R. Rodríguez Reviews Food and Transformation in Ancient Mediterranean Literature (M. Warren)



Reviews of the Enoch Seminar 2019.11.10


Meredith J. C. Warren, Food and Transformation in Ancient Mediterranean Literature. Writings from the Greco-Roman World Supplement Series 14. Atlanta: SBL Press, 2019. ISBN: 9781628372380. Pp. xv + 189. $29.95. Paperback.


Rafael Rodríguez
Johnson University


Intellectual discourse, of both the ancient and the modern varieties, prefers to conduct itself through the senses of seeing and hearing. Philo of Alexandria was expressing traditional virtues and preferences when he wrote, “Now of the five [senses], the three most animal and servile are taste, smell, and touch, which cause particular excitation in the cattle and wild beasts most given to gluttony and sexual passion. For all day and night they fill themselves with food insatiably or are at rut. The other two have a link with philosophy and hold the leading place—hearing and sight” (Abr. 149–50 [LCL]). Academics have always, it would seem, preferred cogitation over mastication.

In Food and Transformation in Ancient Mediterranean Literature, Meredith Warren explores literary portrayals in which the consumption of otherworldly food results in a transformation of the eater. She considers these portrayals as examples of a narrative category, a genre, which she calls hierophagy. Her definition deserves quotation in full:


In its essence, hierophagy is a mechanism by which characters in narrative cross boundaries from one realm to another. In all cases, and as the term suggests, this is accomplished by the character consuming some otherworldly item. With specific contexts removed, a generic pattern emerges in which a mortal character interacts with another realm. The character ingests something from that realm, and the act of eating precipitates a change in the character such that the character is more closely related to the other realm. (2–3; see p. 67 for a similar but slightly different definition)

The narrative characters who consume their various otherworldly foods experience three consequences as a result of eating: they are bound to the food’s place of origin (Hades, heaven, etc.); they experience some kind of transformation (often, but not always, physical); and they receive knowledge (3; see also 152–53). While the details vary between stories, Warren describes hierophagy as exhibiting an identifiable set of “commonalities” that result from “shared cultural expectations” rather than from any kind of literary relationship or dependence (3). “These narratives use the consumption of otherworldly food to convey the idea of transformation because of ancient assumptions about how food facilitates the transgression of boundaries” (4).

Warren offers a brief but significant discussion of genre as “fictional action” (4–9) that bridges the gap between authors and their social and cultural locations, on one hand, and textual description. For Warren, hierophagy reflects “a pervasive worldview that has crafted the genre governing the accessibility of other realms” (7), irrespective of the hierophagic account’s relation to any actual consumptive ritual. Her analysis of hierophagy, therefore, aims to illumine something not just about stories of eating otherworldly foods but also about the cultures that told (or tell) such stories. That something is, at root, “the importance of the porous-but-present boundary between worlds in the cultural expectation of the ancient Mediterranean cultures” and the role and efficacy of otherworldly food for transforming consumers in one realm in terms of another (9). She offers a succinct statement of her thesis toward the end of the Introduction: “[I]n hierophagic eating, the bond created is between the eater of the food and the otherworldly giver of the food, who in some cases also shares the meal. This type of bonding through eating participates in accepted ways of building relationships in antiquity but offers a different way of belonging for the privileged eater; he or she belongs to the community of the other realm” (16).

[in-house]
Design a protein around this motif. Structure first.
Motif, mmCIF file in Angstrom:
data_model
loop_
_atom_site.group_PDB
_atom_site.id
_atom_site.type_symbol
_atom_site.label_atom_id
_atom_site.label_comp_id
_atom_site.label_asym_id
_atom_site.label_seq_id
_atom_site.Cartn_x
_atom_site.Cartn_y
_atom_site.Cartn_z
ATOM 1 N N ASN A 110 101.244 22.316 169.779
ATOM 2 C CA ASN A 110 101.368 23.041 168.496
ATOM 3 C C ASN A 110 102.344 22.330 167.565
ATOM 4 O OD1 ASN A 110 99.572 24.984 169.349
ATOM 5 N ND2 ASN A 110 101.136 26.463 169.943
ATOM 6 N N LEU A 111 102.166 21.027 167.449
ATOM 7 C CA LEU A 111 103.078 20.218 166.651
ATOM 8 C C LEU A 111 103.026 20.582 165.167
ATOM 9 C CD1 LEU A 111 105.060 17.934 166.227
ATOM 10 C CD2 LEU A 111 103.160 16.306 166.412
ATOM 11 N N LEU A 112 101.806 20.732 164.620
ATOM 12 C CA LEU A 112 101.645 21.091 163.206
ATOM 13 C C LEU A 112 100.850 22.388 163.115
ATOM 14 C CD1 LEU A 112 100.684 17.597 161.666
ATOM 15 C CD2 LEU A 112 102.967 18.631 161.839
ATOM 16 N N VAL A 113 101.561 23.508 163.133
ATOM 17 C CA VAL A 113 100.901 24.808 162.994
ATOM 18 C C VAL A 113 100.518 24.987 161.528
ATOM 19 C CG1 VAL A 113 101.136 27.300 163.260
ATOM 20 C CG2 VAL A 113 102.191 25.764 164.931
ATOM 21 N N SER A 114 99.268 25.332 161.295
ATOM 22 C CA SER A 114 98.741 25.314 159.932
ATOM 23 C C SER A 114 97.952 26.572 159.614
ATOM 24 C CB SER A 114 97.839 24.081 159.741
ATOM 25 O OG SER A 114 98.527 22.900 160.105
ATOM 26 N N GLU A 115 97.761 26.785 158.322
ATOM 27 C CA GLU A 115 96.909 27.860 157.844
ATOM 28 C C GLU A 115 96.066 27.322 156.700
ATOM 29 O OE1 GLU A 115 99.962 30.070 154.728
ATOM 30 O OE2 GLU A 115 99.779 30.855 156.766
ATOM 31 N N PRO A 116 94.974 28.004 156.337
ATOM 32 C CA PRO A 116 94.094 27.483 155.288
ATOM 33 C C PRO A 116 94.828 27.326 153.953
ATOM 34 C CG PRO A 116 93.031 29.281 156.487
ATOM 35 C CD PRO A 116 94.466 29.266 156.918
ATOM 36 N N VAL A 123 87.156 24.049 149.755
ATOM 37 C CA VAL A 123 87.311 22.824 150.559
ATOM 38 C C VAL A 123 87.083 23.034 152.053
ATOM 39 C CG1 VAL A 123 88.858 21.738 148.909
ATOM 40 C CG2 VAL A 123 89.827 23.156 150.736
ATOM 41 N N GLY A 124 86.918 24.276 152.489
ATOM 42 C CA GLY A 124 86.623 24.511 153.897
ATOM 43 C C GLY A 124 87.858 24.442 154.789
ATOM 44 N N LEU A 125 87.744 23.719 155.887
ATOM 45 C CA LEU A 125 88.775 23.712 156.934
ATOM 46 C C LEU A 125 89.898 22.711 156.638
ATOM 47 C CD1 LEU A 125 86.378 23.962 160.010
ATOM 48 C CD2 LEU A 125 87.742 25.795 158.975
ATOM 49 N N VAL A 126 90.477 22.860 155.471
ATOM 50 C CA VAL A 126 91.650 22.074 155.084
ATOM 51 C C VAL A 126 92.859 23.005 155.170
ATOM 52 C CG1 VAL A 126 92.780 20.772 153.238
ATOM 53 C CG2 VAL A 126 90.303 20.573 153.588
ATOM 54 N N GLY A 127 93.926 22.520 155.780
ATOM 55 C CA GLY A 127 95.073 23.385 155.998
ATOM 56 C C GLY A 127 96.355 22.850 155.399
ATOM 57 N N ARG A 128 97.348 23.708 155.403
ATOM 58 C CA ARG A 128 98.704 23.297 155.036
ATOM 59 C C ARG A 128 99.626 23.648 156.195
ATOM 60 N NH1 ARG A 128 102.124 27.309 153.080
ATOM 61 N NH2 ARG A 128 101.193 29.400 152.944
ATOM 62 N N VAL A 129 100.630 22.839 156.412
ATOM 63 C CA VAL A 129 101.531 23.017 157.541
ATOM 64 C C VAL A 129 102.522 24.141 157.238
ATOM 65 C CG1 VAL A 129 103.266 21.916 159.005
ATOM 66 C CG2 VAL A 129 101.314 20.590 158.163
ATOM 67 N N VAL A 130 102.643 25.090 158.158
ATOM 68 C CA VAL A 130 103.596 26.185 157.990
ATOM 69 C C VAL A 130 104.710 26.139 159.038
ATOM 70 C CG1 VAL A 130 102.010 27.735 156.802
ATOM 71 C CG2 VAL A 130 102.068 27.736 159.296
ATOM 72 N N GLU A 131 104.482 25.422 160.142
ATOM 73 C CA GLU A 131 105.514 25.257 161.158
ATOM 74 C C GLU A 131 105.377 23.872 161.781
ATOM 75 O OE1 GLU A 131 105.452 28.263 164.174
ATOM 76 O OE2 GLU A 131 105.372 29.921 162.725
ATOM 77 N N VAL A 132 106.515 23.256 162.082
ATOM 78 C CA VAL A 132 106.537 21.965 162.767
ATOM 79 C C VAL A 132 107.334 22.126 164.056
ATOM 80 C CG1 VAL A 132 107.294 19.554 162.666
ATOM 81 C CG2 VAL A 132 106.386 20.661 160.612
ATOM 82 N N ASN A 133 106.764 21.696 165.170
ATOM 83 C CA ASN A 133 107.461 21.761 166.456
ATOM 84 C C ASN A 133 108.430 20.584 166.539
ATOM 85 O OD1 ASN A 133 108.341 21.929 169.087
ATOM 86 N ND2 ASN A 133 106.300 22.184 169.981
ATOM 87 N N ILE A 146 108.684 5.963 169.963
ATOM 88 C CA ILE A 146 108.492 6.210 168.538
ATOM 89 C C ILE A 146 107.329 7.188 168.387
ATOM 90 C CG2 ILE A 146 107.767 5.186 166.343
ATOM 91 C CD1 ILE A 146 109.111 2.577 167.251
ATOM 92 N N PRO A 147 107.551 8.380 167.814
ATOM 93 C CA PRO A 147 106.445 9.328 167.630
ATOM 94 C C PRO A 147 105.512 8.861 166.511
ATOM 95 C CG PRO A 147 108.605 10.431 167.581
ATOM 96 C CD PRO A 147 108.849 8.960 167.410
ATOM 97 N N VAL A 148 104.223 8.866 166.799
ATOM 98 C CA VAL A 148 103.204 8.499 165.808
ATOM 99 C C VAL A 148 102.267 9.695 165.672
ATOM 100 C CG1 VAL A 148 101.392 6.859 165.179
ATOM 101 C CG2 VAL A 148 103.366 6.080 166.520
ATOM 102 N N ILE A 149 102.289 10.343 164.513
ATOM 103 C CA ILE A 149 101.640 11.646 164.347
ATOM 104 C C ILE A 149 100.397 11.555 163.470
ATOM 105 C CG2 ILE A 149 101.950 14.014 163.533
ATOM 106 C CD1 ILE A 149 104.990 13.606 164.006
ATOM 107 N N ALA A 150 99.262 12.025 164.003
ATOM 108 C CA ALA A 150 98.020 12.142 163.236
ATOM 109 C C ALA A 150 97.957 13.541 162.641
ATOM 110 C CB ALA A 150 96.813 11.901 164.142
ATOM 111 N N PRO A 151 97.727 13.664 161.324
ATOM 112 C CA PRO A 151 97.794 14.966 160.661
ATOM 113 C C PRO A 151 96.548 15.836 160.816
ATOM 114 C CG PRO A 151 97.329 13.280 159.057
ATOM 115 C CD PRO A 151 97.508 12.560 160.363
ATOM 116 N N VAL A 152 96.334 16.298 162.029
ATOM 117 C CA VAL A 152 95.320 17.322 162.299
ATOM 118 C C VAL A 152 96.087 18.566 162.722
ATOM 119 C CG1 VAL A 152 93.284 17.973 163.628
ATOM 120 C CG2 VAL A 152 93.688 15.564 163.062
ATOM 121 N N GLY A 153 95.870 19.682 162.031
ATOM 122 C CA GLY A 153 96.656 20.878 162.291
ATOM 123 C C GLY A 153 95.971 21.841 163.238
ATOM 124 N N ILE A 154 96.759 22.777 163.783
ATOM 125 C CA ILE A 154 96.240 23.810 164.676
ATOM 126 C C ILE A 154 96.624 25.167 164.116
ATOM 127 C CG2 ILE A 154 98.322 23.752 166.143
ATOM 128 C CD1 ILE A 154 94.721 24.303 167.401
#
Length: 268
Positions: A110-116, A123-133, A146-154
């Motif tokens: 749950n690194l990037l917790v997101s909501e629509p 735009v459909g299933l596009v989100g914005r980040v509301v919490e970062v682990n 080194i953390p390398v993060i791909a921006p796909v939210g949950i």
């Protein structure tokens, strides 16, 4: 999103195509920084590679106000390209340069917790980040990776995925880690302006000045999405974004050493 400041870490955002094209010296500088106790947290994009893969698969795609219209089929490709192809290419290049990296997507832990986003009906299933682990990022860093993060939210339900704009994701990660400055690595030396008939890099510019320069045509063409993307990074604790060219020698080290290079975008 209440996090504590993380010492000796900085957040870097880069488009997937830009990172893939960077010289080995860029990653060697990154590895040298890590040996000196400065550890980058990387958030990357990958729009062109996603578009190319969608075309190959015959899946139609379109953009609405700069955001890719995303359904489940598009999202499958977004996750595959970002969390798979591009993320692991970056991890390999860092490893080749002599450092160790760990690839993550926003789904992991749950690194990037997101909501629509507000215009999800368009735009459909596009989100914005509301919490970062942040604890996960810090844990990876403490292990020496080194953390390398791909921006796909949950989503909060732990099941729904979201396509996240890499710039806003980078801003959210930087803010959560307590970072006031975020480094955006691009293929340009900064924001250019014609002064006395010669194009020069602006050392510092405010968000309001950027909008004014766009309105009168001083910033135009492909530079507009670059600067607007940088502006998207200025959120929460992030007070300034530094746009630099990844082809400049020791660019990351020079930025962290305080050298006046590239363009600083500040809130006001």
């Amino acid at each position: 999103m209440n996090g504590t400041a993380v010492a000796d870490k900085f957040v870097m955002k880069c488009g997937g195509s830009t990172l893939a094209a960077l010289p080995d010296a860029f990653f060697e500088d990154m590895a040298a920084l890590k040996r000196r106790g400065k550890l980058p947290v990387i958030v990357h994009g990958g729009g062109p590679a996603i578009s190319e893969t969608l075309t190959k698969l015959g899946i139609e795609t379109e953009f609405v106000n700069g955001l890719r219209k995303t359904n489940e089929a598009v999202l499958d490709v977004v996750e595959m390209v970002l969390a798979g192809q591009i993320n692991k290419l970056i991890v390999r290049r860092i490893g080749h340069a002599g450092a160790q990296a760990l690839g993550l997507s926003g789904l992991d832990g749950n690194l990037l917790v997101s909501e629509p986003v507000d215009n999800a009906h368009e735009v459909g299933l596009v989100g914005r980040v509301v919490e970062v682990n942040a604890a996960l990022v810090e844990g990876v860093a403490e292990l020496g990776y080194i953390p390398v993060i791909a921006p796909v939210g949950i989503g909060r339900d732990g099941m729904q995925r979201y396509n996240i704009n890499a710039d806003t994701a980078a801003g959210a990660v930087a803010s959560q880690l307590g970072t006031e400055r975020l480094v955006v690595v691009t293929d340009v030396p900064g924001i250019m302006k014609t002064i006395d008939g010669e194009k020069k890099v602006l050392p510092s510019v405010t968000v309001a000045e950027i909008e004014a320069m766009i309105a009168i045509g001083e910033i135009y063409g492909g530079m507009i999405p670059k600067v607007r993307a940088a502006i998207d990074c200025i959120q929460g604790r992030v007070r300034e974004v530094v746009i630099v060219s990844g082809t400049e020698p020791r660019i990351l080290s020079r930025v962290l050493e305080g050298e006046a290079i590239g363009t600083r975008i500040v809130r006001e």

After the Introduction, Warren explores six texts or traditions in six chapters. The first, “Persephone Traditions,” analyzes the story of Persephone and the pomegranate seeds from the Homeric Hymn to Demeter (seventh–sixth century bce) and its multiforms in Ovid’s Metamorphoses and Fasti (first century ce). Persephone, the daughter of the Olympian goddess Demeter (and so also an Olympian goddess), is kidnapped by Hades and taken to the underworld as his bride. After Zeus sends Hermes to negotiate Persephone’s release, Hades “stealthily gave her a honey-sweet pomegranate seed to eat, looking around, so that she might not stay there [viz., Olympus] for all time with the venerable dark-robed Demeter” (Hom. Dem. 370; trans. Warren [22]). As a particularly intimate sense, taste affects the one who receives otherworldly food more than, say, a vision of or revelation from an otherworldly being: “tasting otherworldly foods brings about a bond between the eater and the realm to which the ingested food belongs” (30). Warren provides a brief excursus on the Genesis 3 story as a roughly contemporary parallel to the Homeric Hymn to Demeter (32–35).